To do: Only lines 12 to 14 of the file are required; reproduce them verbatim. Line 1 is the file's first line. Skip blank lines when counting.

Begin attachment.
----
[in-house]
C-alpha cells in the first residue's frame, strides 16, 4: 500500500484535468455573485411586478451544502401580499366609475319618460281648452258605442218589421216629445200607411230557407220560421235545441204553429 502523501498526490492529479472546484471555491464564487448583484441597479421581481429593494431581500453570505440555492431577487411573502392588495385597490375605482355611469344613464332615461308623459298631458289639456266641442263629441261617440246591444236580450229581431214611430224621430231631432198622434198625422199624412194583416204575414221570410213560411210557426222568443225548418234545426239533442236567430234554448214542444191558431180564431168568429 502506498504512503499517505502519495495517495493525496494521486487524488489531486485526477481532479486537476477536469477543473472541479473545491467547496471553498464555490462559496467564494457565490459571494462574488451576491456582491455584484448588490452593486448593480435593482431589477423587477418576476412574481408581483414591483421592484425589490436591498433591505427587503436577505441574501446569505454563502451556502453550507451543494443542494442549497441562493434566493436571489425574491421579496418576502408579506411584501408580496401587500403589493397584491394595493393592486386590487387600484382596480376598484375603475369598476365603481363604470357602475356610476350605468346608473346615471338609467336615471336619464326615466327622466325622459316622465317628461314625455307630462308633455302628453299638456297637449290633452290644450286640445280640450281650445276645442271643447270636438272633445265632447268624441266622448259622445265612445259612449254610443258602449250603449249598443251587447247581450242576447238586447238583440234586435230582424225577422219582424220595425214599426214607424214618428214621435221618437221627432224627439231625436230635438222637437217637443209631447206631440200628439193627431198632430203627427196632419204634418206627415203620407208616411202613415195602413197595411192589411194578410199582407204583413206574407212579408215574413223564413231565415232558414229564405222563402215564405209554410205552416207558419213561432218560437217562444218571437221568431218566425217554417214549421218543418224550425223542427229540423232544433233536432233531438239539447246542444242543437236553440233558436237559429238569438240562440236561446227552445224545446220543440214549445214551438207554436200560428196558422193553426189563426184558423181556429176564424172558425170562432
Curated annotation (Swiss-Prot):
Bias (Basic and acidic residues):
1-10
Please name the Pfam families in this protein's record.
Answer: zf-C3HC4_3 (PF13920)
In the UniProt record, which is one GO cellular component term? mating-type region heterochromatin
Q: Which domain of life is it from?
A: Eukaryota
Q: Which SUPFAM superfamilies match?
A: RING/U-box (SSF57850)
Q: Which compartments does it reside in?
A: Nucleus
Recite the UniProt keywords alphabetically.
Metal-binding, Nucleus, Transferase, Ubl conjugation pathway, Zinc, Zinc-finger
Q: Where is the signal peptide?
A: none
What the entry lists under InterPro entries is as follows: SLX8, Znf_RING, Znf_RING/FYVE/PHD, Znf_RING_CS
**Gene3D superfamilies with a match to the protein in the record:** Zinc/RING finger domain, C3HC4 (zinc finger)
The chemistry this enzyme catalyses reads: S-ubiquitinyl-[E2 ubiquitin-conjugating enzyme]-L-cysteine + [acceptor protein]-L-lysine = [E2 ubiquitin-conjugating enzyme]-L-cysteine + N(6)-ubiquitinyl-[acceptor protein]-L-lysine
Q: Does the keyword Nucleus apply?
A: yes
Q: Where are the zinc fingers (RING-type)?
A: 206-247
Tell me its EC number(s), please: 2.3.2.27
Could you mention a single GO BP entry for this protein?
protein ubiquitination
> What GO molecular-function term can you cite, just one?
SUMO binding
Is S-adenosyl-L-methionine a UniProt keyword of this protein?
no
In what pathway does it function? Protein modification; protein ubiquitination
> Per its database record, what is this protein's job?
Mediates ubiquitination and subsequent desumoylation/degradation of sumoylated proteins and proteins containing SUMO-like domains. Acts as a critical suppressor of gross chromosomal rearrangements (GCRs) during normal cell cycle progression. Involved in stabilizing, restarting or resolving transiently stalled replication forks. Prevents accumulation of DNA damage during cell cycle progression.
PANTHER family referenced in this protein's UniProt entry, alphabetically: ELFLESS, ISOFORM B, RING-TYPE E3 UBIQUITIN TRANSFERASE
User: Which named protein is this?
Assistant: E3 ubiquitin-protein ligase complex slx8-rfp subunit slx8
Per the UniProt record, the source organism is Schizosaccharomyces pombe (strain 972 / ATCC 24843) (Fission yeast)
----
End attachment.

A: RING/U-box (SSF57850)
Q: Which compartments does it reside in?
A: Nucleus